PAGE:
What's New at NCTR?

Last week, Shannon Black, Erica Hines and Jill Pitner planned and facilitated the kick-off session for the newly-created New York City Teacher Preparation Pathway Community of Practice. The group includes the New York City Department of Education and six of its higher education partners, and is meeting regularly to design the arc of learning for the city’s teacher candidates. An initial step is to develop a shared set of day-one ready competencies for new teachers. From this most recent gathering, 83 percent of the attendees said they “agree” or “strongly agree” that participating in this session helped them understand how to identify day-one ready competencies.

We here at NCTR would like to recognize all the great teachers we've encountered over the years who always put the needs of their students first, who never stop striving to improve their craft, and who make their schools and classrooms safe places for kids from all backgrounds. Thank you teachers for all that you do! 
Featured News
Symposium 2019, “Teacher Residencies: A Lever for Equity”

The issue of equity is driving the conversation in education today. Whether the focus is on closing achievement gaps, increasing the diversity of our teaching force, or better preparing new teachers for diverse student groups, the idea that schools must be equitable for all is top of mind among teachers, administrators and policy makers.

Equity will also be top of mind when we gather with our Network partners and guests next week in Chicago for our 2019 Symposium, “Teacher Residencies: A Lever for Equity.” In addition to hearing from two dynamic national experts on equity and education, Symposium attendees will have the opportunity to engage with and learn from one another, from researchers, and from NCTR’s expert staff about how the residency model is a key strategy for making public education more equitable for all students.

We are thrilled to feature at this year’s gathering Dr. Travis Bristol and Dr. Eve L. Ewing. Dr. Ewing will give the event’s keynote address. She is a sociologist of education and author of “Ghosts in the Schoolyard: Racism and School Closings on Chicago's South Side.” Dr. Bristol, an expert on the recruitment, support and retention of teachers of color, is our featured speaker. He is an assistant professor at the University of California, Berkeley, and is a member of NCTR’s Board of Directors.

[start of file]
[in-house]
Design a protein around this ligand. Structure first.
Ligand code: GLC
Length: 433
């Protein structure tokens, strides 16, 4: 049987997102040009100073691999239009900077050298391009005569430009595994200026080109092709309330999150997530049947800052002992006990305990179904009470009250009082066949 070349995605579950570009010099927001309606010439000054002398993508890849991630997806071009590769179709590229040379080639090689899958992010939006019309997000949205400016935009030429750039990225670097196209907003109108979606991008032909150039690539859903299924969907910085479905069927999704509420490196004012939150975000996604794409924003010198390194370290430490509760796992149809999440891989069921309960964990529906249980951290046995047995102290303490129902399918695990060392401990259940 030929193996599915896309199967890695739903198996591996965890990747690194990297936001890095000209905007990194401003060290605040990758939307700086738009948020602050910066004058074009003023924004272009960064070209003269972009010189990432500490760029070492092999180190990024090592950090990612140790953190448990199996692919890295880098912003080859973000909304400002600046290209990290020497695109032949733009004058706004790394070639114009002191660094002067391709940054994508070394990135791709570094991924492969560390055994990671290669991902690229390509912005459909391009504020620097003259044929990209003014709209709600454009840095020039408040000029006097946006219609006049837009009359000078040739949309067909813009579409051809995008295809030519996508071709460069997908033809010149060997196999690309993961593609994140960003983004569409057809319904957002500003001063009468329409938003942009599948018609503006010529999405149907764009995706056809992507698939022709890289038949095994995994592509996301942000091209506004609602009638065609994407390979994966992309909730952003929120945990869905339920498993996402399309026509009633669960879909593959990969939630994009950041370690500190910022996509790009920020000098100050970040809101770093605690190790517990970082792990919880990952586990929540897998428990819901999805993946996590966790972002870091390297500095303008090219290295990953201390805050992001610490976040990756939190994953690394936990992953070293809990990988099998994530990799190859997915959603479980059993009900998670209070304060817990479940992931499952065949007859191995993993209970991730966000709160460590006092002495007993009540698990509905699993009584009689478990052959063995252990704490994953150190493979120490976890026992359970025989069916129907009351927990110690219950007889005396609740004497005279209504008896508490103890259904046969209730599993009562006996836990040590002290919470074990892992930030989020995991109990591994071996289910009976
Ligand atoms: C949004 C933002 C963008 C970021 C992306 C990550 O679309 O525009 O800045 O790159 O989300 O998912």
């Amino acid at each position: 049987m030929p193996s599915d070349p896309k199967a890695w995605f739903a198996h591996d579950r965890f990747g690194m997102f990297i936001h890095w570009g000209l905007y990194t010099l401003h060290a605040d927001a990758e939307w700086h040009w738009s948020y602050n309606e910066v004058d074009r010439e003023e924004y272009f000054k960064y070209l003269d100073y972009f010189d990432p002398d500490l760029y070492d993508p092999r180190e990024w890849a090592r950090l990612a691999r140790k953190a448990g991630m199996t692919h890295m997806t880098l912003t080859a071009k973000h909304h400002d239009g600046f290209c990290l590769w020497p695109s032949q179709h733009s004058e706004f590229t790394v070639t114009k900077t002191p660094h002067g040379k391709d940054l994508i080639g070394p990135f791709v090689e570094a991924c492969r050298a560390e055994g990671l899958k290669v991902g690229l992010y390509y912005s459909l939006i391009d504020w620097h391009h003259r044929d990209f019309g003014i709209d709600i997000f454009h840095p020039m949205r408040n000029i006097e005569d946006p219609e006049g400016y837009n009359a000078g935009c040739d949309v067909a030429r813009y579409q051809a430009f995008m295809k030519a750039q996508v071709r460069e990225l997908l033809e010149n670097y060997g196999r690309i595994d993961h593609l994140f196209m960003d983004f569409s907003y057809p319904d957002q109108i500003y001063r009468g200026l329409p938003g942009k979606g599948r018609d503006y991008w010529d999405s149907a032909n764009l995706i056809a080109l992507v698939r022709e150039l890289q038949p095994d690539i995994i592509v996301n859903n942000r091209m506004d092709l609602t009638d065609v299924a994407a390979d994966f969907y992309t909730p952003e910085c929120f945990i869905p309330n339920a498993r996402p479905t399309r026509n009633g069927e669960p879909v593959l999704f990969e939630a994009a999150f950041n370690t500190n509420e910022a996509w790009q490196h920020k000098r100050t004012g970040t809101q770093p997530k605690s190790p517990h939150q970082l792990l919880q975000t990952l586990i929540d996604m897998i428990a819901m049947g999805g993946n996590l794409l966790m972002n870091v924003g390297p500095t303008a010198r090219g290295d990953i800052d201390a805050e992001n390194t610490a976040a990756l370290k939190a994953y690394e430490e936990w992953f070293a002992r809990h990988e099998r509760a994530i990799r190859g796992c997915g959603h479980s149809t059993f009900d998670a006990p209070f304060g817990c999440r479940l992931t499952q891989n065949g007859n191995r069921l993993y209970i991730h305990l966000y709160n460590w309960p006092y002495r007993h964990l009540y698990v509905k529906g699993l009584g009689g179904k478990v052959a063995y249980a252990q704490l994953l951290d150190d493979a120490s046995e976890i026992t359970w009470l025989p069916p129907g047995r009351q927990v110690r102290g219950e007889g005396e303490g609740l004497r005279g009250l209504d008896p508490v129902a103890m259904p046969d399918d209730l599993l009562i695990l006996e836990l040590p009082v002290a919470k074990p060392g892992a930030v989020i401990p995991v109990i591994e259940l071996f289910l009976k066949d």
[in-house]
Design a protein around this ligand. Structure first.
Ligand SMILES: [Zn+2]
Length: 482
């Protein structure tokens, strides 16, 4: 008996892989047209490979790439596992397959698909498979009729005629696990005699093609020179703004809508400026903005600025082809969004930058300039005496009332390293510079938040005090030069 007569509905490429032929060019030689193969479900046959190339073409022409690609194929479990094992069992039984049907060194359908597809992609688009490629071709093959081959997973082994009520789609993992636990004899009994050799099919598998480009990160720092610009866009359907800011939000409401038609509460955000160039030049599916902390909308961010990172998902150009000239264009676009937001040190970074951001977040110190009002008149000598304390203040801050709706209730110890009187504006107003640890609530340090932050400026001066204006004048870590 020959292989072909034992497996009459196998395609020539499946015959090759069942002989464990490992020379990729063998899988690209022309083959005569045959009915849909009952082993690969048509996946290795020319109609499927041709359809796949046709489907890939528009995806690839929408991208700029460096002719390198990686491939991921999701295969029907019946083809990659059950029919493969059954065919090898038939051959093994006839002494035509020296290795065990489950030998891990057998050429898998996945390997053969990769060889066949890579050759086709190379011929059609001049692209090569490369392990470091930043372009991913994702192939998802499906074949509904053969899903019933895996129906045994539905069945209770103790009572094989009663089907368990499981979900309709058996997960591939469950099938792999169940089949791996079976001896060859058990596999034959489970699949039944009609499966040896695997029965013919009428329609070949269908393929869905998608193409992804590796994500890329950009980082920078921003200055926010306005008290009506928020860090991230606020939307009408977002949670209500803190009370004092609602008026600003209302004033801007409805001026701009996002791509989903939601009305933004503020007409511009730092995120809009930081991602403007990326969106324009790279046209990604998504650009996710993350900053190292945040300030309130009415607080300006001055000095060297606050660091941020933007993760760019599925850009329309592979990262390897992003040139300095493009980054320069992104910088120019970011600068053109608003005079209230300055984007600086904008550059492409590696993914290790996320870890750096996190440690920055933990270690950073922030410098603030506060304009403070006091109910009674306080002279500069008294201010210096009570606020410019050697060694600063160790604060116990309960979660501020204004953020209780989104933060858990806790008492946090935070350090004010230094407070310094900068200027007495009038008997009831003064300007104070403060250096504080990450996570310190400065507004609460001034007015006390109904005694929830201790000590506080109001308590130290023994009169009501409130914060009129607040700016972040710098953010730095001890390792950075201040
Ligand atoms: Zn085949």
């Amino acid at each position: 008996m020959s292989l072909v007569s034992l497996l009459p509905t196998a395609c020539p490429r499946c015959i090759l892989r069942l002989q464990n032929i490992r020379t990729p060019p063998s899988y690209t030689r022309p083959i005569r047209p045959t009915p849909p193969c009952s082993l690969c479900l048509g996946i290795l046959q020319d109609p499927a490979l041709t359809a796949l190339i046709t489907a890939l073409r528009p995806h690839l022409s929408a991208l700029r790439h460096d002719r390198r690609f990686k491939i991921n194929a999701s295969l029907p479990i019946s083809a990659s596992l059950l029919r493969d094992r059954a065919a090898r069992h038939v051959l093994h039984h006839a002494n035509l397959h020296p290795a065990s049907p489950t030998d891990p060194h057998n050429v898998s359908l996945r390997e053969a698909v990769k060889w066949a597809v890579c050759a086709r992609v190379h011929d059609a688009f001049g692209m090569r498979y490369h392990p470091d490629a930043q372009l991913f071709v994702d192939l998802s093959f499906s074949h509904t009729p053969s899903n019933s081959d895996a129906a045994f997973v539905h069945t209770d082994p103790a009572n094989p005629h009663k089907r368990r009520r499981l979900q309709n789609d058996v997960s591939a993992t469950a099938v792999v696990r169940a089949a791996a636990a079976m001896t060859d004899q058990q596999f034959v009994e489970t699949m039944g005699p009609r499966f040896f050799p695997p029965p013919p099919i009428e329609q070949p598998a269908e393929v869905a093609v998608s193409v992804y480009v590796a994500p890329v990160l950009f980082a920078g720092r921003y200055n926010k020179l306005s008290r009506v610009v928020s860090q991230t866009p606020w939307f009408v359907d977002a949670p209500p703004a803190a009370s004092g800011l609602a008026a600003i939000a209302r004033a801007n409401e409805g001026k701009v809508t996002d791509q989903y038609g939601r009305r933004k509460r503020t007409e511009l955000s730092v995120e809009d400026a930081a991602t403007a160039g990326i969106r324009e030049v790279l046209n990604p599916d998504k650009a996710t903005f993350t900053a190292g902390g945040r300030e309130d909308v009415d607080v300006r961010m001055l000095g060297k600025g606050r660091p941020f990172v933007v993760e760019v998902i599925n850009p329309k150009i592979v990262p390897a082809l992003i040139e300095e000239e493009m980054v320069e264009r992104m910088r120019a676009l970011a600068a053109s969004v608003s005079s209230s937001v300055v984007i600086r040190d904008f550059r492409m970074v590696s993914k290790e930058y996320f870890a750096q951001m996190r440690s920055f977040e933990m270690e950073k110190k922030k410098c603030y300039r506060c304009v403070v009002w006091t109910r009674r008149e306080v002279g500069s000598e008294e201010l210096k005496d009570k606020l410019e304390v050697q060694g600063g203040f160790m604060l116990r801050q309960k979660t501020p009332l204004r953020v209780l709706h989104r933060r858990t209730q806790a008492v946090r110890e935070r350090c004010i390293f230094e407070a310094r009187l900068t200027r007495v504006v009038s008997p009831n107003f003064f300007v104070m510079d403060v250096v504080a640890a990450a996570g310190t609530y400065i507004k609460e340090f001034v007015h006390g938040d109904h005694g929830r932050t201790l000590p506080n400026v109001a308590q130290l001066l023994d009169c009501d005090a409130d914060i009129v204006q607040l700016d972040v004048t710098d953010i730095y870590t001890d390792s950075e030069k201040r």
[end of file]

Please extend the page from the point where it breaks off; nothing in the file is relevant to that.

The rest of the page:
On Wednesday evening, NCTR will give out our Resident and Mentor of the Year awards. Nominees for the resident award were chosen based on their commitment to student growth and learning, their effectiveness as new teachers, and the qualities that make them a good colleague and peer within their cohort. You can read about all the nominees and learn more about their achievements on our website. Similarly, our new mentor prize aims to celebrate the commitment, the mastery, and the passion that mentors bring to our Network partner programs. You can read about all the nominees here. NCTR will announce the winners on Tuesday, beginning at 5:15 pm. You can watch the awards presentation live on our Facebook page as it happens.

See you in Chicago!
In the News
Teachers Begin To See Unfair Student Loans Disappear
Approximately 2,300 teachers have had their federal TEACH grants converted back into grants after they were wrongly classified as loans.

Betsy DeVos blasts teacher activism
Education Dive
At a gathering of education writers, DeVos said adults should “have adult disagreements on adult time and not ultimately hurt kids in the process."
First on new California state superintendent’s long agenda: getting more men of color in the classroom
Ed Source
California’s new state superintendent sees teacher residencies as an important way to bring men of color into the teaching profession.
Please note that the articles and events in the NCTR E-Blast do not reflect the opinions of our organization, but rather represent information that we believe will be relevant to you and your programs.

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